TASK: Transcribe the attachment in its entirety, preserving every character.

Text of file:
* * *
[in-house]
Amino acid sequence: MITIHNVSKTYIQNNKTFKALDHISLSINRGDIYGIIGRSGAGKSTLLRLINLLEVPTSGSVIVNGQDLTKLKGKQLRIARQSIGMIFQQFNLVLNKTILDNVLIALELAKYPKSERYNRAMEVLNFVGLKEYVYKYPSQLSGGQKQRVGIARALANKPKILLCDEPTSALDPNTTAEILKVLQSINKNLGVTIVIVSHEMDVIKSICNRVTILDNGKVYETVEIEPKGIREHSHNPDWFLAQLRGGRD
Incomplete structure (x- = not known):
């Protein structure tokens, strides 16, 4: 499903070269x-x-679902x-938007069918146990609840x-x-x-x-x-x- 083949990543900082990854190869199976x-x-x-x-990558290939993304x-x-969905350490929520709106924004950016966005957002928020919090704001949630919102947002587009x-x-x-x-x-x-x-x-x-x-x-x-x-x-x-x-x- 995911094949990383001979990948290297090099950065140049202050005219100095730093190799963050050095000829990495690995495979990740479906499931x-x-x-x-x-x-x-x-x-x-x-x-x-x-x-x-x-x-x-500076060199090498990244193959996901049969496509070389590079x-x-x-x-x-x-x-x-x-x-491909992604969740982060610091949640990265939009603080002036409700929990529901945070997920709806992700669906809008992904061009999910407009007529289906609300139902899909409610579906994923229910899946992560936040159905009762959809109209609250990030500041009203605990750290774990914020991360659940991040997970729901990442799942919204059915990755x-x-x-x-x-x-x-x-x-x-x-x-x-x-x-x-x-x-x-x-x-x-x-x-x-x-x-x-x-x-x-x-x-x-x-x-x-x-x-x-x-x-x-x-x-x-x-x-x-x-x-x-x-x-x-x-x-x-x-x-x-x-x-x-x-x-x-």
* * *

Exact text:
[in-house]
Amino acid sequence: MITIHNVSKTYIQNNKTFKALDHISLSINRGDIYGIIGRSGAGKSTLLRLINLLEVPTSGSVIVNGQDLTKLKGKQLRIARQSIGMIFQQFNLVLNKTILDNVLIALELAKYPKSERYNRAMEVLNFVGLKEYVYKYPSQLSGGQKQRVGIARALANKPKILLCDEPTSALDPNTTAEILKVLQSINKNLGVTIVIVSHEMDVIKSICNRVTILDNGKVYETVEIEPKGIREHSHNPDWFLAQLRGGRD
Incomplete structure (x- = not known):
């Protein structure tokens, strides 16, 4: 499903070269x-x-679902x-938007069918146990609840x-x-x-x-x-x- 083949990543900082990854190869199976x-x-x-x-990558290939993304x-x-969905350490929520709106924004950016966005957002928020919090704001949630919102947002587009x-x-x-x-x-x-x-x-x-x-x-x-x-x-x-x-x- 995911094949990383001979990948290297090099950065140049202050005219100095730093190799963050050095000829990495690995495979990740479906499931x-x-x-x-x-x-x-x-x-x-x-x-x-x-x-x-x-x-x-500076060199090498990244193959996901049969496509070389590079x-x-x-x-x-x-x-x-x-x-491909992604969740982060610091949640990265939009603080002036409700929990529901945070997920709806992700669906809008992904061009999910407009007529289906609300139902899909409610579906994923229910899946992560936040159905009762959809109209609250990030500041009203605990750290774990914020991360659940991040997970729901990442799942919204059915990755x-x-x-x-x-x-x-x-x-x-x-x-x-x-x-x-x-x-x-x-x-x-x-x-x-x-x-x-x-x-x-x-x-x-x-x-x-x-x-x-x-x-x-x-x-x-x-x-x-x-x-x-x-x-x-x-x-x-x-x-x-x-x-x-x-x-x-």